In 1683, the Ottoman army besieged the Austrian city of Vienna, as part of a steady push of conquest toward central Europe. The vastly outnumbered Viennese fought valiantly, and held out against strong efforts to tunnel under the city walls and blow up the city gates with gunpowder. Nearing desperation, and totally surrounded by Turkish forces, the Viennese sent a spy to penetreate the Turkish lines and reach the camp of Christian allied forces massed nearby. A Pole with experience in Turkish culture, dress and speech, walked through the Turkish army camps, observed their number and disposition, and reached allied forces.
With this inside information, the Polish forces, under John Sobieski, attacked, and defeated the Ottoman Turks under Kara Mustafa, and saved Vienna from the merciless slaughter that had been visited upon the rest of the countryside. The Turks left behind anything not essential to their flight, including 500 pounds of what was thought to be camel food. As payment for his service, the Polish spy, Georg Kolschitzky accepted the camel food, which he knew was coffee from his experience in Istanbul. With the coffee, he opened the first coffee shop in Vienna, and produced the first Viennese roast coffee.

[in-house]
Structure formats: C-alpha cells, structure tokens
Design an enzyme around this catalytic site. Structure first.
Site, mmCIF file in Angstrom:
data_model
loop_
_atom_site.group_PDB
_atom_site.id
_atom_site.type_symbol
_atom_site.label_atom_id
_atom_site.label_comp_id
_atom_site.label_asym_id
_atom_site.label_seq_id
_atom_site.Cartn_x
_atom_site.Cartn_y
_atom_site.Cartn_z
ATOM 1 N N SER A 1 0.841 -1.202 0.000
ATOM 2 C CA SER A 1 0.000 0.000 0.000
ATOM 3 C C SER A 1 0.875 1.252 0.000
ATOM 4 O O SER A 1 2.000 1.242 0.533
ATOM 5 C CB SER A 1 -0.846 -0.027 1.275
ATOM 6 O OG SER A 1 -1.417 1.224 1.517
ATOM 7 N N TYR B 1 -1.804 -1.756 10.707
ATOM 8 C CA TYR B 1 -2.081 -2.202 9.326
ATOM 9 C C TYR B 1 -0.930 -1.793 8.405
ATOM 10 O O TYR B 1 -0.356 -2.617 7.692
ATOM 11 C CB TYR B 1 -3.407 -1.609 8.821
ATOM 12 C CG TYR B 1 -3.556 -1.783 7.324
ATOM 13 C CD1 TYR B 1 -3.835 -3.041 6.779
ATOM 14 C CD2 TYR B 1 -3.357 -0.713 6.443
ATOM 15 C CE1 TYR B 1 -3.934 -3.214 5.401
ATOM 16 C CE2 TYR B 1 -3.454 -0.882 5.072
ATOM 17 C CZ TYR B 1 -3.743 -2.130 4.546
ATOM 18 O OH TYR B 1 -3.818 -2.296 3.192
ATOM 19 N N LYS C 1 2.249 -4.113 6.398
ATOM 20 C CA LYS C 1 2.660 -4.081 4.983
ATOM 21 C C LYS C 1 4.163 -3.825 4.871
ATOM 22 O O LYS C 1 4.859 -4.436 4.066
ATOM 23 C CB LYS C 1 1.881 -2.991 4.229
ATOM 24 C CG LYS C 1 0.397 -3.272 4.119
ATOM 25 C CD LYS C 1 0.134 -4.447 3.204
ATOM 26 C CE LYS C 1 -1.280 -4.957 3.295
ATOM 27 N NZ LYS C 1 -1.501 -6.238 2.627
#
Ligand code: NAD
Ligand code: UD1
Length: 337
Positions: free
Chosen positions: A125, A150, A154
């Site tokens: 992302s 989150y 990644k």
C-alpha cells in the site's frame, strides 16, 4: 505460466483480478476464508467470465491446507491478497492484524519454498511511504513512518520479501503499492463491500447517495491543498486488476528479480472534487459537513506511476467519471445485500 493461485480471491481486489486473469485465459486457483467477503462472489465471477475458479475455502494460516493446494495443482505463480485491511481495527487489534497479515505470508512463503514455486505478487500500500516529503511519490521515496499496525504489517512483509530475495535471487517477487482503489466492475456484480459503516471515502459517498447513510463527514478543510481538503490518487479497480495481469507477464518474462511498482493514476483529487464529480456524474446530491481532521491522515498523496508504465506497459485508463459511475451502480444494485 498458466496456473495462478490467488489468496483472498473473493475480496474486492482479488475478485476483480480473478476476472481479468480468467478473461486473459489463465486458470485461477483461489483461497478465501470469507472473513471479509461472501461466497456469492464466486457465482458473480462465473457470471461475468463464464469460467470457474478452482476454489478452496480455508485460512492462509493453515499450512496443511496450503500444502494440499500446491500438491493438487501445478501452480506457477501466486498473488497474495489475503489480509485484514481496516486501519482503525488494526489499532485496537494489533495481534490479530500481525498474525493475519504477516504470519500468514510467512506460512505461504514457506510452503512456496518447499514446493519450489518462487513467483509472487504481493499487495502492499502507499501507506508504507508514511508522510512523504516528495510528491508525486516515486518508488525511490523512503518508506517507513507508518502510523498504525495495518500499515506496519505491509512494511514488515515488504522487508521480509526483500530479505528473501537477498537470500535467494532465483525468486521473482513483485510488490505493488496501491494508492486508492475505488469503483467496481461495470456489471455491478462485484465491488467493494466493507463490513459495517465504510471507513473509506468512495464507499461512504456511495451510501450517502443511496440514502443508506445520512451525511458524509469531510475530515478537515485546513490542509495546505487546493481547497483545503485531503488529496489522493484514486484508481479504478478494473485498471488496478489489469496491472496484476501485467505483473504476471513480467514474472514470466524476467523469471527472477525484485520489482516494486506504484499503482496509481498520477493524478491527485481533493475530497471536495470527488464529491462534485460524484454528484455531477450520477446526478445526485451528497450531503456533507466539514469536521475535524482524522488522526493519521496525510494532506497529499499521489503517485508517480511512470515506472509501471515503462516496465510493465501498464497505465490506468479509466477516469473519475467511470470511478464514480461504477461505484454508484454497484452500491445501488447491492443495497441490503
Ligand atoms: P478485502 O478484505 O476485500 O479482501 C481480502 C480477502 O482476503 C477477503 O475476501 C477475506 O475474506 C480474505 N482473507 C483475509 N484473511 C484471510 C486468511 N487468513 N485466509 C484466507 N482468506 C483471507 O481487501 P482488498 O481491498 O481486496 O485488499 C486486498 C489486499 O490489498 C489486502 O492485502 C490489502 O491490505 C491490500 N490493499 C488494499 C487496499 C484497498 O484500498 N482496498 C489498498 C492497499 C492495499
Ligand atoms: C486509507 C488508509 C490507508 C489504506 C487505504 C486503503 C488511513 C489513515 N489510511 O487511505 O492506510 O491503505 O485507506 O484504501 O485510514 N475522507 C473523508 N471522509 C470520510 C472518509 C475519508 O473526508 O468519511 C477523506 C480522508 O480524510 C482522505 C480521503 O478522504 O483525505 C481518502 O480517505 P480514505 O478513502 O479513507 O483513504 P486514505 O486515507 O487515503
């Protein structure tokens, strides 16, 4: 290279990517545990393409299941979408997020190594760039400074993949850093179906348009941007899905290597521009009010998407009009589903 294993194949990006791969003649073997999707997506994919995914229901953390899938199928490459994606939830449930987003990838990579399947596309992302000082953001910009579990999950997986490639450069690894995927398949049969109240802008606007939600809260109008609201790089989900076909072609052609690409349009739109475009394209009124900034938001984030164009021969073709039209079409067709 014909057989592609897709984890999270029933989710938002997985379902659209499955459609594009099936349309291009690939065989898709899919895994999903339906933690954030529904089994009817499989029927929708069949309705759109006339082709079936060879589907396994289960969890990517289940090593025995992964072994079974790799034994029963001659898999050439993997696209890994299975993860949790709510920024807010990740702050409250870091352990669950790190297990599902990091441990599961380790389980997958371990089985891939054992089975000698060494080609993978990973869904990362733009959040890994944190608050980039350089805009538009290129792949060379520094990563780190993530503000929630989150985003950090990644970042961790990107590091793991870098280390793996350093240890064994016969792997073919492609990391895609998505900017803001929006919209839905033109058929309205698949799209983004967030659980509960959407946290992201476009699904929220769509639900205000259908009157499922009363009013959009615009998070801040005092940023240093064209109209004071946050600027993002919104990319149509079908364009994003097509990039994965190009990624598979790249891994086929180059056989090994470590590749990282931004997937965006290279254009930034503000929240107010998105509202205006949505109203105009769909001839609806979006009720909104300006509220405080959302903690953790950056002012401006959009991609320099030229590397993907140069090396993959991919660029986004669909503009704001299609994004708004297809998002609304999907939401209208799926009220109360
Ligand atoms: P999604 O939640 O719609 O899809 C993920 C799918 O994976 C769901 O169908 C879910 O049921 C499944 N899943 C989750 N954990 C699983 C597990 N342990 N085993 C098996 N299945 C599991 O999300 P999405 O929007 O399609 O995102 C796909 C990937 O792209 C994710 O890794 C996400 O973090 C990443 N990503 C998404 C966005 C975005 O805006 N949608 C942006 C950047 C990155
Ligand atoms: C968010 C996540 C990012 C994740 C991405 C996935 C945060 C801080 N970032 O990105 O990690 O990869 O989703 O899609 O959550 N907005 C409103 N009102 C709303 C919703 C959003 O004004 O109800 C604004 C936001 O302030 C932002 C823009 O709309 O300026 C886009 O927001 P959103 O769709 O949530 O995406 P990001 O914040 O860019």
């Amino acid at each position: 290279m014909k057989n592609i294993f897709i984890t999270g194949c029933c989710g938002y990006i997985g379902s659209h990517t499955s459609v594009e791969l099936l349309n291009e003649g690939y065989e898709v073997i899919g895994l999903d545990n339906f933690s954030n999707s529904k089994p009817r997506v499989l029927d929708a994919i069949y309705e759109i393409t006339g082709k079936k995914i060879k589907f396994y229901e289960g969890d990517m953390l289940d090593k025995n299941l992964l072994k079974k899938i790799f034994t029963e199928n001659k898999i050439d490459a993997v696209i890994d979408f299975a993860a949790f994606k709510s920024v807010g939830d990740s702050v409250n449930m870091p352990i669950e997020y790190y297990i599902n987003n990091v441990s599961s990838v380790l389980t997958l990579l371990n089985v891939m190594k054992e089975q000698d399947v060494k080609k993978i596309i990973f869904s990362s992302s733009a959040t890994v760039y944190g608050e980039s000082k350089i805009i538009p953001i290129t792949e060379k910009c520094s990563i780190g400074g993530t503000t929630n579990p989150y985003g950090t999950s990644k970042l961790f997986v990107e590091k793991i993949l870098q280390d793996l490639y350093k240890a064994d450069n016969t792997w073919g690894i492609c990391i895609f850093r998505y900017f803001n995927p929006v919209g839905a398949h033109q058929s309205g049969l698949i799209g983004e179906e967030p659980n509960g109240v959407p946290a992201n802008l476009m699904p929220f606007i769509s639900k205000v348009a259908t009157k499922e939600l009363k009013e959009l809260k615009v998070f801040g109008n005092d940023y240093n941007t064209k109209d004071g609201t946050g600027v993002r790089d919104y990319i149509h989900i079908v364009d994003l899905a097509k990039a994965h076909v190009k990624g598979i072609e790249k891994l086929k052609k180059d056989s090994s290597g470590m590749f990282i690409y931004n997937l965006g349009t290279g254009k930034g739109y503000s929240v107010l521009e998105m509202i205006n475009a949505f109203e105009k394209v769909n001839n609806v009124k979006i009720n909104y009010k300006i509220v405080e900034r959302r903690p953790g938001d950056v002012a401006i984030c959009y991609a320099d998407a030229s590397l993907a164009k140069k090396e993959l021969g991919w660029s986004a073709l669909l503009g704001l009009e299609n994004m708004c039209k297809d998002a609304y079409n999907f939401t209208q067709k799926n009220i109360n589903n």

One colorful story is that the local bakers, working at night, heard the tunneling sounds of the Turks, and saved the city by alerting the defenders. To celebrate the victory over the Turks, they created a special pastry in the shape of the symbol of the Turks, the cresent, which became the croissant. This story is likely not correct, as most historians attribute the croissant to French creation no later than 1850. WHATEVER!